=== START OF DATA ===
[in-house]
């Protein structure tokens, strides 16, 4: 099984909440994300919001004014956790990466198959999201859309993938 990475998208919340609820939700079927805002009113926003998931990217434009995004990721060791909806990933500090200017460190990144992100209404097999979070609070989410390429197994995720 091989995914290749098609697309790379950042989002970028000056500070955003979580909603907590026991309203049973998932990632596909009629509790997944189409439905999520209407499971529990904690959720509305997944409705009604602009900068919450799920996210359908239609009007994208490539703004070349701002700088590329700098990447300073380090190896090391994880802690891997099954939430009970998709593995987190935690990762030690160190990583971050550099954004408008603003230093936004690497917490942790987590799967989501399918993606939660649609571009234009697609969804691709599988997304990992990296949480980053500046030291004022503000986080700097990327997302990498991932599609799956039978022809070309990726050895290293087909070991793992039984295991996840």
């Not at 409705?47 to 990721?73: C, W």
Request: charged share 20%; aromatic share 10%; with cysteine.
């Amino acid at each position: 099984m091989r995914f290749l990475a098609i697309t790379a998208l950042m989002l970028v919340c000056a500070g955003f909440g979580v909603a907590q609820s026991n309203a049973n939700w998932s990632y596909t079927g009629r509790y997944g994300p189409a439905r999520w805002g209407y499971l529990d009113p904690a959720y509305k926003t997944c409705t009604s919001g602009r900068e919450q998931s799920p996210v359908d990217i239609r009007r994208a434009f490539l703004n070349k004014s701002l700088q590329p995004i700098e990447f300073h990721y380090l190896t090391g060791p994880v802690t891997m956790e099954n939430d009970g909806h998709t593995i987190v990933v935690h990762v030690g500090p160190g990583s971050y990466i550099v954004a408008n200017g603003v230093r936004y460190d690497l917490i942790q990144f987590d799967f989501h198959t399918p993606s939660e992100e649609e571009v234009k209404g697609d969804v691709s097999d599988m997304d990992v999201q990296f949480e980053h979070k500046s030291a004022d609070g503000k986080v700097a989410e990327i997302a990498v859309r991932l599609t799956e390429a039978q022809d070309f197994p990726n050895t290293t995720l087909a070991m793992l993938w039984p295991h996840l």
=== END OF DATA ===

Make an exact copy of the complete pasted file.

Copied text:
[in-house]
């Protein structure tokens, strides 16, 4: 099984909440994300919001004014956790990466198959999201859309993938 990475998208919340609820939700079927805002009113926003998931990217434009995004990721060791909806990933500090200017460190990144992100209404097999979070609070989410390429197994995720 091989995914290749098609697309790379950042989002970028000056500070955003979580909603907590026991309203049973998932990632596909009629509790997944189409439905999520209407499971529990904690959720509305997944409705009604602009900068919450799920996210359908239609009007994208490539703004070349701002700088590329700098990447300073380090190896090391994880802690891997099954939430009970998709593995987190935690990762030690160190990583971050550099954004408008603003230093936004690497917490942790987590799967989501399918993606939660649609571009234009697609969804691709599988997304990992990296949480980053500046030291004022503000986080700097990327997302990498991932599609799956039978022809070309990726050895290293087909070991793992039984295991996840």
């Not at 409705?47 to 990721?73: C, W």
Request: charged share 20%; aromatic share 10%; with cysteine.
């Amino acid at each position: 099984m091989r995914f290749l990475a098609i697309t790379a998208l950042m989002l970028v919340c000056a500070g955003f909440g979580v909603a907590q609820s026991n309203a049973n939700w998932s990632y596909t079927g009629r509790y997944g994300p189409a439905r999520w805002g209407y499971l529990d009113p904690a959720y509305k926003t997944c409705t009604s919001g602009r900068e919450q998931s799920p996210v359908d990217i239609r009007r994208a434009f490539l703004n070349k004014s701002l700088q590329p995004i700098e990447f300073h990721y380090l190896t090391g060791p994880v802690t891997m956790e099954n939430d009970g909806h998709t593995i987190v990933v935690h990762v030690g500090p160190g990583s971050y990466i550099v954004a408008n200017g603003v230093r936004y460190d690497l917490i942790q990144f987590d799967f989501h198959t399918p993606s939660e992100e649609e571009v234009k209404g697609d969804v691709s097999d599988m997304d990992v999201q990296f949480e980053h979070k500046s030291a004022d609070g503000k986080v700097a989410e990327i997302a990498v859309r991932l599609t799956e390429a039978q022809d070309f197994p990726n050895t290293t995720l087909a070991m793992l993938w039984p295991h996840l």